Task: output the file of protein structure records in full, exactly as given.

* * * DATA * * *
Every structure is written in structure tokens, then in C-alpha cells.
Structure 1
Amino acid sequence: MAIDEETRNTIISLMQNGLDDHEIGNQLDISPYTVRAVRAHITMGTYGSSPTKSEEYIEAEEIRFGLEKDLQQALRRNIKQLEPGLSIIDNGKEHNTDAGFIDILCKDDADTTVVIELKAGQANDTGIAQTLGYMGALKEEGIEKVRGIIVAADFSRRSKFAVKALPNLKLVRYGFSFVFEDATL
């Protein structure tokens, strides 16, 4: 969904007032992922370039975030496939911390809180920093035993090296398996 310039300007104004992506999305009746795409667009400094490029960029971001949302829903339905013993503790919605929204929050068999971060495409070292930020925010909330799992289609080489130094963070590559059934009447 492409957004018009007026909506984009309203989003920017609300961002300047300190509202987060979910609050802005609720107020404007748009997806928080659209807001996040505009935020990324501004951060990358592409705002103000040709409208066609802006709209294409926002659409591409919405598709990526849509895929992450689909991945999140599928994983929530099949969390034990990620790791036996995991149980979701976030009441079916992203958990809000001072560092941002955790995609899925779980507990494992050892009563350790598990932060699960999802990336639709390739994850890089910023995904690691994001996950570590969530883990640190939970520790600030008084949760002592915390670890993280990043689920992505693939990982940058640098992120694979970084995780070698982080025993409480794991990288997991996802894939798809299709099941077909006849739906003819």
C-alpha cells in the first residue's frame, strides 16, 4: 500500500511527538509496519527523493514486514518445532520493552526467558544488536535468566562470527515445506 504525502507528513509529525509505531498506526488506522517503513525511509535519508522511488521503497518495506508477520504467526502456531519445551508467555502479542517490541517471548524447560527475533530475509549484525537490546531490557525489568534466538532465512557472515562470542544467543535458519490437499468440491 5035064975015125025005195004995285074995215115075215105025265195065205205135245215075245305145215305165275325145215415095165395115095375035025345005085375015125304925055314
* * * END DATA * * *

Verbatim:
Every structure is written in structure tokens, then in C-alpha cells.
Structure 1
Amino acid sequence: MAIDEETRNTIISLMQNGLDDHEIGNQLDISPYTVRAVRAHITMGTYGSSPTKSEEYIEAEEIRFGLEKDLQQALRRNIKQLEPGLSIIDNGKEHNTDAGFIDILCKDDADTTVVIELKAGQANDTGIAQTLGYMGALKEEGIEKVRGIIVAADFSRRSKFAVKALPNLKLVRYGFSFVFEDATL
């Protein structure tokens, strides 16, 4: 969904007032992922370039975030496939911390809180920093035993090296398996 310039300007104004992506999305009746795409667009400094490029960029971001949302829903339905013993503790919605929204929050068999971060495409070292930020925010909330799992289609080489130094963070590559059934009447 492409957004018009007026909506984009309203989003920017609300961002300047300190509202987060979910609050802005609720107020404007748009997806928080659209807001996040505009935020990324501004951060990358592409705002103000040709409208066609802006709209294409926002659409591409919405598709990526849509895929992450689909991945999140599928994983929530099949969390034990990620790791036996995991149980979701976030009441079916992203958990809000001072560092941002955790995609899925779980507990494992050892009563350790598990932060699960999802990336639709390739994850890089910023995904690691994001996950570590969530883990640190939970520790600030008084949760002592915390670890993280990043689920992505693939990982940058640098992120694979970084995780070698982080025993409480794991990288997991996802894939798809299709099941077909006849739906003819």
C-alpha cells in the first residue's frame, strides 16, 4: 500500500511527538509496519527523493514486514518445532520493552526467558544488536535468566562470527515445506 504525502507528513509529525509505531498506526488506522517503513525511509535519508522511488521503497518495506508477520504467526502456531519445551508467555502479542517490541517471548524447560527475533530475509549484525537490546531490557525489568534466538532465512557472515562470542544467543535458519490437499468440491 5035064975015125025005195004995285074995215115075215105025265195065205205135245215075245305145215305165275325145215415095165395115095375035025345005085375015125304925055314